Tsai Ing-wen, the president of Taiwan, has resigned from her position as leader of the Democratic Progressive Party (DPP) after attempting to gain public support. On Saturday night, Tsai gave a brief speech in which she thanked her supporters and, as is traditional after a severe loss, offered her resignation.
She said, "I have to take full responsibility." There are many areas that we must thoroughly analyze when faced with an outcome like this.
The elections for mayors, county executives, and local council members are focused on the COVID-19 outbreak and crime; the winners will not have an immediate impact on Chinese policy.
Tsai, who reframed the election as more than just a local vote, said that the world is watching how Taiwan maintains its democracy despite military tensions with China, which claims the island as its own.
Concerning the 21 city mayor and county chief seats up for election, including the capital Taipei, the main opposition party, the Kuomintang, or KMT, was in the lead or declared victory in 13, compared to the DPP's five, which is roughly in line with expectations and similar to the outcomes of the most recent local elections in 2018.
"The results weren't as good as we had expected,” Tsai announced her resignation as party leader, which she also did in response to 2018's disappointing results, to the media at the party headquarters.
Tsai, who will continue to hold the office of president until 2024, continued, "It's not like the DPP has never failed before. There is no time for sympathy. We stumbled, but we will get back up.”
Tsai stated that she had turned down the premier's offer to resign, Su Tseng-chang, who is also a senior DPP member, and that she had urged him to remain in office so that her policies would be properly carried out.
Su opted to remain, according to the Cabinet, since stability was required in light of the "arduous" domestic and international circumstances.
The Taiwan Affairs Office of China stated that the outcome demonstrated that the majority of Taiwanese citizens supported peace, stability, and "a good life" and that Beijing would continue to collaborate with the people of Taiwan to advance peaceful relations and oppose Taiwan's independence and foreign interference.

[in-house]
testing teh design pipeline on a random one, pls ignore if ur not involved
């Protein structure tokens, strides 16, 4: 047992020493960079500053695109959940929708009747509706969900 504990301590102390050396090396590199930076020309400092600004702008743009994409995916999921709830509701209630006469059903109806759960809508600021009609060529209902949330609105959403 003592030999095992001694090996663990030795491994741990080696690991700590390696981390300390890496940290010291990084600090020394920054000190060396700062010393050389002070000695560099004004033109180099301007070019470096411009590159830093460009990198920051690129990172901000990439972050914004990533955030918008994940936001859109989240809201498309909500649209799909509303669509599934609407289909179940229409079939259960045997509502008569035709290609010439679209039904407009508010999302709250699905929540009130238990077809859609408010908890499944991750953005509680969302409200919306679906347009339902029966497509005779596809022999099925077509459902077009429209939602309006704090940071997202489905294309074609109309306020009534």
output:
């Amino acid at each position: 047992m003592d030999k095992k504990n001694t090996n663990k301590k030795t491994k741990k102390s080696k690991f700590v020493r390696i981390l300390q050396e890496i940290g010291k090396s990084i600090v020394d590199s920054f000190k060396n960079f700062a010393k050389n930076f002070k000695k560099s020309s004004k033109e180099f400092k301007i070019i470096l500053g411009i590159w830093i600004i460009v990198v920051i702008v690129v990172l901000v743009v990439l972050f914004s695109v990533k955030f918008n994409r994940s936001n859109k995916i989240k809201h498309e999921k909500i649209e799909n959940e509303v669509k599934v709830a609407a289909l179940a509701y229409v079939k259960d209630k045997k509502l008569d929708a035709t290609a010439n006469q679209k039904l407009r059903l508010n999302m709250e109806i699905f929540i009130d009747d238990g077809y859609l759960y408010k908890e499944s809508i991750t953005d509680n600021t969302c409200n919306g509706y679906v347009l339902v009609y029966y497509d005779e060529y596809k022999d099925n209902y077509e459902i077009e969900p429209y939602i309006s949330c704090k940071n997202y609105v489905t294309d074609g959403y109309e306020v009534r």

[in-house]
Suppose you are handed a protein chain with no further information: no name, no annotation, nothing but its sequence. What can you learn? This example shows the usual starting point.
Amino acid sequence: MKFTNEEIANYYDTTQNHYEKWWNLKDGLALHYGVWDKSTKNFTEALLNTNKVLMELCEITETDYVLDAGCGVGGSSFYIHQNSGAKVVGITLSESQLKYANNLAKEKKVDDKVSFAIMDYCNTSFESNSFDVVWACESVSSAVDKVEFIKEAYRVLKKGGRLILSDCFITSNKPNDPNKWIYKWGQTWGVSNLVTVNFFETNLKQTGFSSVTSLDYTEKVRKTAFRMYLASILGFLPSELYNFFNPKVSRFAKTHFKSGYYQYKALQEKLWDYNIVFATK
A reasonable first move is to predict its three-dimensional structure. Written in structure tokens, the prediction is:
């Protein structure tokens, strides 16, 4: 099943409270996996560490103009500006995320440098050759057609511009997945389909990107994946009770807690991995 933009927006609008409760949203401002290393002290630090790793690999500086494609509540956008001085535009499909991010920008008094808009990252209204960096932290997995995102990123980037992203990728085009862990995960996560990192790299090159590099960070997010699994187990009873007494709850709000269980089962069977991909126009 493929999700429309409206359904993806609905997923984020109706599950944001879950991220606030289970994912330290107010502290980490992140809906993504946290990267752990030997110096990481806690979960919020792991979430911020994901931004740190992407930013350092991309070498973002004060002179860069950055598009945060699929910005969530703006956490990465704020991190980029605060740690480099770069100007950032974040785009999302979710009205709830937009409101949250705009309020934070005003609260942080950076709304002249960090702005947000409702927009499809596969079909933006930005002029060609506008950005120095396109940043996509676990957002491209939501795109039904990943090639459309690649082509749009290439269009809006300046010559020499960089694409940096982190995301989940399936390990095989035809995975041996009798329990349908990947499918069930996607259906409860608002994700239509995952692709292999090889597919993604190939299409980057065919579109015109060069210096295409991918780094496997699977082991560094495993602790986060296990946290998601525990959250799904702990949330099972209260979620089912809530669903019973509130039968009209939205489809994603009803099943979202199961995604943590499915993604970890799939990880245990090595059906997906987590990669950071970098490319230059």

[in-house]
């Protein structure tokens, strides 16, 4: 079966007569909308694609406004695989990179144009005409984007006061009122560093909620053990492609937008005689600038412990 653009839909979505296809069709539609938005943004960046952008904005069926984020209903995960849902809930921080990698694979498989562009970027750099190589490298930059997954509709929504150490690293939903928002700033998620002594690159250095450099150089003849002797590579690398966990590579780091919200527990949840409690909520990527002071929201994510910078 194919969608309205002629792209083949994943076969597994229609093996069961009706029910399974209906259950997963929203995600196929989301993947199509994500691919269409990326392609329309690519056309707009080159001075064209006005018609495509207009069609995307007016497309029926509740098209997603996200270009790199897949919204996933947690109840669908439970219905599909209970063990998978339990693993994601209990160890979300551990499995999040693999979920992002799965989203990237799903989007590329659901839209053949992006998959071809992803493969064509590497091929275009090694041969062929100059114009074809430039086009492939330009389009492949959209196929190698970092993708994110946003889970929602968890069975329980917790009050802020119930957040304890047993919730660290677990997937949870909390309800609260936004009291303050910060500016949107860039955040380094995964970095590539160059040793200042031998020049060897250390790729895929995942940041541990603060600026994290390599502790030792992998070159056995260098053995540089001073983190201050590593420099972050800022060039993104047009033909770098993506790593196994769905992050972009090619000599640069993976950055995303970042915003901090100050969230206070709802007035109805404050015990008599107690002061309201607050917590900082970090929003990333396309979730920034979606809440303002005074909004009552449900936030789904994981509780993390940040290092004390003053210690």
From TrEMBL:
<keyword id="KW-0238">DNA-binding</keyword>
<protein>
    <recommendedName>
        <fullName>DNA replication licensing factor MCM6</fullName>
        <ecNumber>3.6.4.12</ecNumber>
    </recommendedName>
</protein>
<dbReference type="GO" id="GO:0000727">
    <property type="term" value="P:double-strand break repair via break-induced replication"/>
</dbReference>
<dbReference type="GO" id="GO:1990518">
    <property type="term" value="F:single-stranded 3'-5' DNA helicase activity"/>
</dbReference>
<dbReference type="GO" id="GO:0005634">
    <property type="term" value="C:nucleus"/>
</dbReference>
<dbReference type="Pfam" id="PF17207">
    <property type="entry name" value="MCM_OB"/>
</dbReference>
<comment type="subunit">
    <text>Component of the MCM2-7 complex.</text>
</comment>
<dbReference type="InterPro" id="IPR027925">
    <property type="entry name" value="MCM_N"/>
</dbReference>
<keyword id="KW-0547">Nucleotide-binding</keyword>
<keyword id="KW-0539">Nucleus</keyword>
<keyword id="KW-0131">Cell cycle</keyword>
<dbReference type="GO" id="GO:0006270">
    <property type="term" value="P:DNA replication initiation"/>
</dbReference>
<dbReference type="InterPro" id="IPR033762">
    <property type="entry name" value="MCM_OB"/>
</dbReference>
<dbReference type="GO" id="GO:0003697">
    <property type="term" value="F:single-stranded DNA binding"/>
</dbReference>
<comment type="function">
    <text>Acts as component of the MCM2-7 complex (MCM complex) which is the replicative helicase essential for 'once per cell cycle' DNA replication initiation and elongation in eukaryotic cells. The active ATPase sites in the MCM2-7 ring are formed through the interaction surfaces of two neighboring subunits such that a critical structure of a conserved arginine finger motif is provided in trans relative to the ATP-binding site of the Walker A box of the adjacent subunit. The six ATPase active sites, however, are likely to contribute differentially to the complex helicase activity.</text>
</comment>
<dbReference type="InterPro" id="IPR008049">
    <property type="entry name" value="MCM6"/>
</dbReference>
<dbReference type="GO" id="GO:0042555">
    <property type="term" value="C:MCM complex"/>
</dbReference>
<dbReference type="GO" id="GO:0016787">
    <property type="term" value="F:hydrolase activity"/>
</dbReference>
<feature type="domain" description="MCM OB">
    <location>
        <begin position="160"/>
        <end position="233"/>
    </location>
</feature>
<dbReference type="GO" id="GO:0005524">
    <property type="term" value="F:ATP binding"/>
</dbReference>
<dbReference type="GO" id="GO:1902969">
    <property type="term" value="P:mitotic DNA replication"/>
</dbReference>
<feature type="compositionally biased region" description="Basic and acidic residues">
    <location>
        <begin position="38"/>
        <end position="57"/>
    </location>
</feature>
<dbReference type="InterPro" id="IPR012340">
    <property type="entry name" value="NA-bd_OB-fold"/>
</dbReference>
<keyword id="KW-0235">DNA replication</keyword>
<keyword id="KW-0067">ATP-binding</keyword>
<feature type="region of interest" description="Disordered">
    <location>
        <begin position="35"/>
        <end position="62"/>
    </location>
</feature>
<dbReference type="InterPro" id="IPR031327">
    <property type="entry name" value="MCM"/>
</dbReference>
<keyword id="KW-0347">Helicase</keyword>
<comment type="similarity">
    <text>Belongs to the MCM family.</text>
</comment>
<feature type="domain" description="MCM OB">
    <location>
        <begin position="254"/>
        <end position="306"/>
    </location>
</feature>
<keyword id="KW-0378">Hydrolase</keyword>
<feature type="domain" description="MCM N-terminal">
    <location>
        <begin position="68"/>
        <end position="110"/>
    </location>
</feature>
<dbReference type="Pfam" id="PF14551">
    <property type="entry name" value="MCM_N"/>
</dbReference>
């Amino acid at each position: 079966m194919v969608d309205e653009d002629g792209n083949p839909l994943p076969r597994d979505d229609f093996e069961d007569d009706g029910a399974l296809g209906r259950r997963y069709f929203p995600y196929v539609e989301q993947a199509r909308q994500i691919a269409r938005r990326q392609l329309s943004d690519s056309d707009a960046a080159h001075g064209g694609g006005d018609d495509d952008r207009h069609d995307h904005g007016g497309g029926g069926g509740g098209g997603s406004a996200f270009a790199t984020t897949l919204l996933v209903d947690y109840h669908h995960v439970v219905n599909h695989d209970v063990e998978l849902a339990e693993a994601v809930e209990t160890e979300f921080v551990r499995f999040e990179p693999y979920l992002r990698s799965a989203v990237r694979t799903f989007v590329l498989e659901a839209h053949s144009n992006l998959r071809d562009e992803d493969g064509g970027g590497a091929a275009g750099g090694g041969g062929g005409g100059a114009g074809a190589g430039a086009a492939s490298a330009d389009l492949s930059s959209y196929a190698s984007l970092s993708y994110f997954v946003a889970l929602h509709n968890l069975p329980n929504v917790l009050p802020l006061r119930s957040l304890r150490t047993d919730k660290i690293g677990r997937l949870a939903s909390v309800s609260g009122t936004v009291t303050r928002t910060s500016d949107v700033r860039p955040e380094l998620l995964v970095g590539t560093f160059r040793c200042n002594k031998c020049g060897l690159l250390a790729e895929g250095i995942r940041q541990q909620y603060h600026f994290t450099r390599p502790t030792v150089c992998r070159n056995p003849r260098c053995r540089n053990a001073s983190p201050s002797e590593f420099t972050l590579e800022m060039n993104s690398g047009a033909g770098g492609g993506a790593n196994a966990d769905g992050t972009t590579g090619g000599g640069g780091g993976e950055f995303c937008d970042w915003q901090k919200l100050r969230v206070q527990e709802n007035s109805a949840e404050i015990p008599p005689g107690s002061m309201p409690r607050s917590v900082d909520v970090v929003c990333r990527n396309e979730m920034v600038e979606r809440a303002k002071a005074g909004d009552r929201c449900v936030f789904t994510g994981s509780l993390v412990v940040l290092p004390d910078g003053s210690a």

Both the DPP and KMT focused their electioneering efforts in Taipei, whose mayor was from the small Taiwan People's Party, which could not run again owing to term limits and had historically favored close ties with China but vehemently denied being pro-Beijing.
As a reference to the colors of the Chinese Communist Party, the KMT has accused Tsai and the DPP of engaging in excessive hostility with China and of attempting to discredit the party by calling it "red."
It concentrated its campaign on denouncing the government's reaction to the COVID-19 pandemic, particularly in light of the recent spike in cases.
Eric Chu, the chairman of the KMT, announced their victory and pledged to defend Taiwan's liberties.
He told reporters, using Taiwan's name for itself, "We will insist on safeguarding the Republic of China and maintaining democracy and freedom. We'll work very hard to maintain regional peace."
To show its displeasure with US House Speaker Nancy Pelosi's visit to Taipei, China conducted war games near Taiwan in August. Its military exercises have since continued but on a smaller scale.
The election was held a month after the Communist Party of China's 20th congress, where President Xi Jinping won an unprecedented third term in office, a fact Tsai frequently emphasized during the campaign.
The 2020 presidential and parliamentary elections, which Tsai and the DPP won handily on the promise to oppose China and safeguard Taiwan's freedoms, will now be the center of attention.
Due to term restrictions, Tsai, who is currently serving her second term in office, cannot run for president again.